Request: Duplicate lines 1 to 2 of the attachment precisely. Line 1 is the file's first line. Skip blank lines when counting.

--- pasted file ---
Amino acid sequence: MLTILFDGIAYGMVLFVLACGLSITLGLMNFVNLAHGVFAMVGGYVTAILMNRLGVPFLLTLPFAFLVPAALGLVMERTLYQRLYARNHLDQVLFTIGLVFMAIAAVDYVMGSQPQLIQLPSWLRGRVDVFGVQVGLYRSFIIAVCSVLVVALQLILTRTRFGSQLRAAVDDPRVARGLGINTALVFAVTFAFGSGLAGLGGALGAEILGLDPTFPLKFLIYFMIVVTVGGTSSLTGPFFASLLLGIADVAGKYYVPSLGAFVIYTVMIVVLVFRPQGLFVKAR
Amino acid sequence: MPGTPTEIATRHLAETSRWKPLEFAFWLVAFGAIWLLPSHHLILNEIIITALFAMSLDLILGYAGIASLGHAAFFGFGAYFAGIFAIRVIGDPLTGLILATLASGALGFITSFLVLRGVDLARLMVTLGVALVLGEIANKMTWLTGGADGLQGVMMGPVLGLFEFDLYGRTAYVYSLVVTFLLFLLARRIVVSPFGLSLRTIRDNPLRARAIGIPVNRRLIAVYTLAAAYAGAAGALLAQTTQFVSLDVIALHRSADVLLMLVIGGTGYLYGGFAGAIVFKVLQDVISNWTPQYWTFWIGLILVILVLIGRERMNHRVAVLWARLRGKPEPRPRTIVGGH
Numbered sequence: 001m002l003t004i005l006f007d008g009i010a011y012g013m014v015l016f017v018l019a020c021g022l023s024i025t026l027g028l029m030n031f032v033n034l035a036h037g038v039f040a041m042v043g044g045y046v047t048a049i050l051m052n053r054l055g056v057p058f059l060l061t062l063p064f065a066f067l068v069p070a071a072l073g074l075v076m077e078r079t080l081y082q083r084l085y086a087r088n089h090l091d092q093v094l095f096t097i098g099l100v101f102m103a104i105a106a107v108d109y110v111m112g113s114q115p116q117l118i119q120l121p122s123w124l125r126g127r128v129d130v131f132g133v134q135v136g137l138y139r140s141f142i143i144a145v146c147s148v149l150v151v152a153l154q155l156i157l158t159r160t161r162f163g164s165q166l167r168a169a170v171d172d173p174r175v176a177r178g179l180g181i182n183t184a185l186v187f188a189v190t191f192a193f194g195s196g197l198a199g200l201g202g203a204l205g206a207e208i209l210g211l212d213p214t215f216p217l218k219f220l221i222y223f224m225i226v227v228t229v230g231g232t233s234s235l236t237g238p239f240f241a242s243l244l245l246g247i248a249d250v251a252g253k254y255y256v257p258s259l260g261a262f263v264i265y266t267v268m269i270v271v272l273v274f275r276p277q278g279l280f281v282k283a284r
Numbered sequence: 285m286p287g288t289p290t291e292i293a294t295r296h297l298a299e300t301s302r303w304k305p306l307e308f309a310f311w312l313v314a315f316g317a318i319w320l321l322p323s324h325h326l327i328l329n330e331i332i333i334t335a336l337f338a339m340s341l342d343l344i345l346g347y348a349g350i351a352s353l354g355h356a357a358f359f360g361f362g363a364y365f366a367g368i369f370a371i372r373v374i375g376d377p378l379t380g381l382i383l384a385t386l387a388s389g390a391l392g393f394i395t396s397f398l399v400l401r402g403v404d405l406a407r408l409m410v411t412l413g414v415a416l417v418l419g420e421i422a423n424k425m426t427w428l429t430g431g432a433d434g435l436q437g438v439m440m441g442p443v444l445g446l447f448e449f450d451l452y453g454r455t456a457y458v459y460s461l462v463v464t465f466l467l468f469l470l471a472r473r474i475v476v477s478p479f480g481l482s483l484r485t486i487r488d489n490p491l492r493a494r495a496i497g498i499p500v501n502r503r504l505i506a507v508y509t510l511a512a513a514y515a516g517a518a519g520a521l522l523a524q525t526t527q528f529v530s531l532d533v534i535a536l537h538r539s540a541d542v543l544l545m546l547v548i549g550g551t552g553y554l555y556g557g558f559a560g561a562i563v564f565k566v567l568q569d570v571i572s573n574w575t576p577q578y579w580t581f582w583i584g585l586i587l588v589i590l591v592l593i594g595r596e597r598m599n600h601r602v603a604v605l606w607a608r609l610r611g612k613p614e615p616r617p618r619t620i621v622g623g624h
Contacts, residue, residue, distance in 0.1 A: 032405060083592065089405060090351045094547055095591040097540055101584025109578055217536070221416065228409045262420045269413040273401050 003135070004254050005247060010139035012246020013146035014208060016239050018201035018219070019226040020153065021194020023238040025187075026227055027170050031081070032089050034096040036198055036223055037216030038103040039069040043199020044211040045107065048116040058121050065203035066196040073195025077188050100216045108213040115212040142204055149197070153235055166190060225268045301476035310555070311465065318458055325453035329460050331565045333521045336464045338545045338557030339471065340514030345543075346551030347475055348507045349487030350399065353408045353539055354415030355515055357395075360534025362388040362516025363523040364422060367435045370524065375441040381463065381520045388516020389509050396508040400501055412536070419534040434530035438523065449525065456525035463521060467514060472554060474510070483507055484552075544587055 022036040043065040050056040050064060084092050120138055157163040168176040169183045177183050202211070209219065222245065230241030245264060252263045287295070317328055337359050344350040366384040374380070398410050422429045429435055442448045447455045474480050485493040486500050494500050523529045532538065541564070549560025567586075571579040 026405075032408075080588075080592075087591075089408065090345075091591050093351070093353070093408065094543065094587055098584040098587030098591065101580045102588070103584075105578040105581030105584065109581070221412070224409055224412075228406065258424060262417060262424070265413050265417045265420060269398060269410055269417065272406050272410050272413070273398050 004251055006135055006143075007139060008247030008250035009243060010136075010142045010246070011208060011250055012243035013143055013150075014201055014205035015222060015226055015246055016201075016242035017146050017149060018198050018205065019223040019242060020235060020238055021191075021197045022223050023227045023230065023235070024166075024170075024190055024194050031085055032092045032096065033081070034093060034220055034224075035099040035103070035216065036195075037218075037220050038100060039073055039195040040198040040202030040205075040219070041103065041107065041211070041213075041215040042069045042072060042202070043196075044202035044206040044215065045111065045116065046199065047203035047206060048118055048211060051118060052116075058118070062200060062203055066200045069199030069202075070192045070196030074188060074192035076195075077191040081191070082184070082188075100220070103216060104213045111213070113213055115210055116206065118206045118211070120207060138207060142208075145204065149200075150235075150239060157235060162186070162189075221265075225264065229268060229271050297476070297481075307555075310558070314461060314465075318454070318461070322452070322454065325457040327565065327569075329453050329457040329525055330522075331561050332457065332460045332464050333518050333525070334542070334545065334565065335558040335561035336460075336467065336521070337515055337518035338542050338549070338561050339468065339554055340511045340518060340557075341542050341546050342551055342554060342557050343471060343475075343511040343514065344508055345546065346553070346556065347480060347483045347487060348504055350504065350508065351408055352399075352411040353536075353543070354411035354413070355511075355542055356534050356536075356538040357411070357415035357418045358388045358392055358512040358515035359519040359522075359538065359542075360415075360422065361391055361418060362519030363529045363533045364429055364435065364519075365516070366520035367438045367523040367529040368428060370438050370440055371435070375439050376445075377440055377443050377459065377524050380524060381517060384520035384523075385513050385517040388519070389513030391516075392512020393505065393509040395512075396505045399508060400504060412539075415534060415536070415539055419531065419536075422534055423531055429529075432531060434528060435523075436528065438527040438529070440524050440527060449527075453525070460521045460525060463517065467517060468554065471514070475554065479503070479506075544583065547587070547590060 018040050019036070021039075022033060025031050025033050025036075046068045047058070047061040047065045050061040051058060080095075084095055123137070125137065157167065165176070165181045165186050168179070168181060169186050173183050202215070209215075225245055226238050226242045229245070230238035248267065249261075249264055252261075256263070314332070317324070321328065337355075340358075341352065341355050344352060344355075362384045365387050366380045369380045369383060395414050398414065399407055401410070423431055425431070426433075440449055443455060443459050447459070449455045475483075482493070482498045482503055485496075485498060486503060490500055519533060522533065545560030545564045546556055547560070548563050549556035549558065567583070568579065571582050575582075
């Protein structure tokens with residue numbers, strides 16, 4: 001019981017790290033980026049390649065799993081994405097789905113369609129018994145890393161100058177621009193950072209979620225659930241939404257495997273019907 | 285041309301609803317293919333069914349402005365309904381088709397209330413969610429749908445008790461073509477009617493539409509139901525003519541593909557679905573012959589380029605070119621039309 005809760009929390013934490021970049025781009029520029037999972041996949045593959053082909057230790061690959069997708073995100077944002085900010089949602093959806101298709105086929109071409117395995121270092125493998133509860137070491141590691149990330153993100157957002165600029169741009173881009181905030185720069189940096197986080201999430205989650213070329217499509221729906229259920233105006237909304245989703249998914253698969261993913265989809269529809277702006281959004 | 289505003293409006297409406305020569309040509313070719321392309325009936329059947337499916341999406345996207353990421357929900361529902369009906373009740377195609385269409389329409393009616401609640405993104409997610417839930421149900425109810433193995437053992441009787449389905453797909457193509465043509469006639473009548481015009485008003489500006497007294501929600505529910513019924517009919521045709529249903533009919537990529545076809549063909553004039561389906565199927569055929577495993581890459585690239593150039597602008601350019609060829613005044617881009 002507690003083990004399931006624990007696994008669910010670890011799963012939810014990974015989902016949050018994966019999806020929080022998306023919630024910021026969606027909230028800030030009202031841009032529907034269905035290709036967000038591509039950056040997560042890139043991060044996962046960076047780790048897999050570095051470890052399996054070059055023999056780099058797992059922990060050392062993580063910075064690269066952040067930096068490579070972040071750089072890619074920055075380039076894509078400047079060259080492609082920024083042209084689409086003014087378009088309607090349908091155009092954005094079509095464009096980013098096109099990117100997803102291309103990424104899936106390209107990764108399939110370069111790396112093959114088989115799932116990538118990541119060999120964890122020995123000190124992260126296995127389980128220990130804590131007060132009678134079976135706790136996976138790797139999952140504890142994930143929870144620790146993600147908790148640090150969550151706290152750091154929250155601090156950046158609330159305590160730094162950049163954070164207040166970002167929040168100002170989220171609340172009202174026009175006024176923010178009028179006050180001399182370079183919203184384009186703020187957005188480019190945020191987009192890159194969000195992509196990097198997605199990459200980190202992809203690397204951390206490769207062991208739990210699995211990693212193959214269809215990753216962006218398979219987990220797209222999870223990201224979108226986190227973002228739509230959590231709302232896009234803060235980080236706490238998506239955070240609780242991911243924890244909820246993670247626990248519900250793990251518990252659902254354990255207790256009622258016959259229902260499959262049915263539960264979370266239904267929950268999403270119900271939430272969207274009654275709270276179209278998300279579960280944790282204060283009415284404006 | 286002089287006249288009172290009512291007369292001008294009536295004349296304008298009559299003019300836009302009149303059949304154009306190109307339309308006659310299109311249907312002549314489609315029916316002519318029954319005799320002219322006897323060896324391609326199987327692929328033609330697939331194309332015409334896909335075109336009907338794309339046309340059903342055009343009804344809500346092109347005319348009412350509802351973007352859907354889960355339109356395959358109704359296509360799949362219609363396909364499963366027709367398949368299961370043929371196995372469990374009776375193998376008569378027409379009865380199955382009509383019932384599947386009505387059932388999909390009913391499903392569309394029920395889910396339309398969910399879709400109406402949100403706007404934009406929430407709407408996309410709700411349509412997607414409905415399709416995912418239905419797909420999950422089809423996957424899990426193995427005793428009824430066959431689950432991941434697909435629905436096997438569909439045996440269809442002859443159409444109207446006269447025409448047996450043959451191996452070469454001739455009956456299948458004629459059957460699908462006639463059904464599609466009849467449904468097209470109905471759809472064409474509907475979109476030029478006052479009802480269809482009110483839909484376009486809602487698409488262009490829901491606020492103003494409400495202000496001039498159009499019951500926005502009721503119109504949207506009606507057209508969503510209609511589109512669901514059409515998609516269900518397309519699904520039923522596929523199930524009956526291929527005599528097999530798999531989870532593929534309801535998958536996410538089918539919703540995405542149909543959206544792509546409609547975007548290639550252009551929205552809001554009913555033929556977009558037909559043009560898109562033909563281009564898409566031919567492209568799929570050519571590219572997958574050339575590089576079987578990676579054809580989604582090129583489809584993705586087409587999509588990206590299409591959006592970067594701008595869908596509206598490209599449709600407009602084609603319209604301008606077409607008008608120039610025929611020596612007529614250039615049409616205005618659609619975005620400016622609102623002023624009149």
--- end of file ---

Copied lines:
Amino acid sequence: MLTILFDGIAYGMVLFVLACGLSITLGLMNFVNLAHGVFAMVGGYVTAILMNRLGVPFLLTLPFAFLVPAALGLVMERTLYQRLYARNHLDQVLFTIGLVFMAIAAVDYVMGSQPQLIQLPSWLRGRVDVFGVQVGLYRSFIIAVCSVLVVALQLILTRTRFGSQLRAAVDDPRVARGLGINTALVFAVTFAFGSGLAGLGGALGAEILGLDPTFPLKFLIYFMIVVTVGGTSSLTGPFFASLLLGIADVAGKYYVPSLGAFVIYTVMIVVLVFRPQGLFVKAR
Amino acid sequence: MPGTPTEIATRHLAETSRWKPLEFAFWLVAFGAIWLLPSHHLILNEIIITALFAMSLDLILGYAGIASLGHAAFFGFGAYFAGIFAIRVIGDPLTGLILATLASGALGFITSFLVLRGVDLARLMVTLGVALVLGEIANKMTWLTGGADGLQGVMMGPVLGLFEFDLYGRTAYVYSLVVTFLLFLLARRIVVSPFGLSLRTIRDNPLRARAIGIPVNRRLIAVYTLAAAYAGAAGALLAQTTQFVSLDVIALHRSADVLLMLVIGGTGYLYGGFAGAIVFKVLQDVISNWTPQYWTFWIGLILVILVLIGRERMNHRVAVLWARLRGKPEPRPRTIVGGH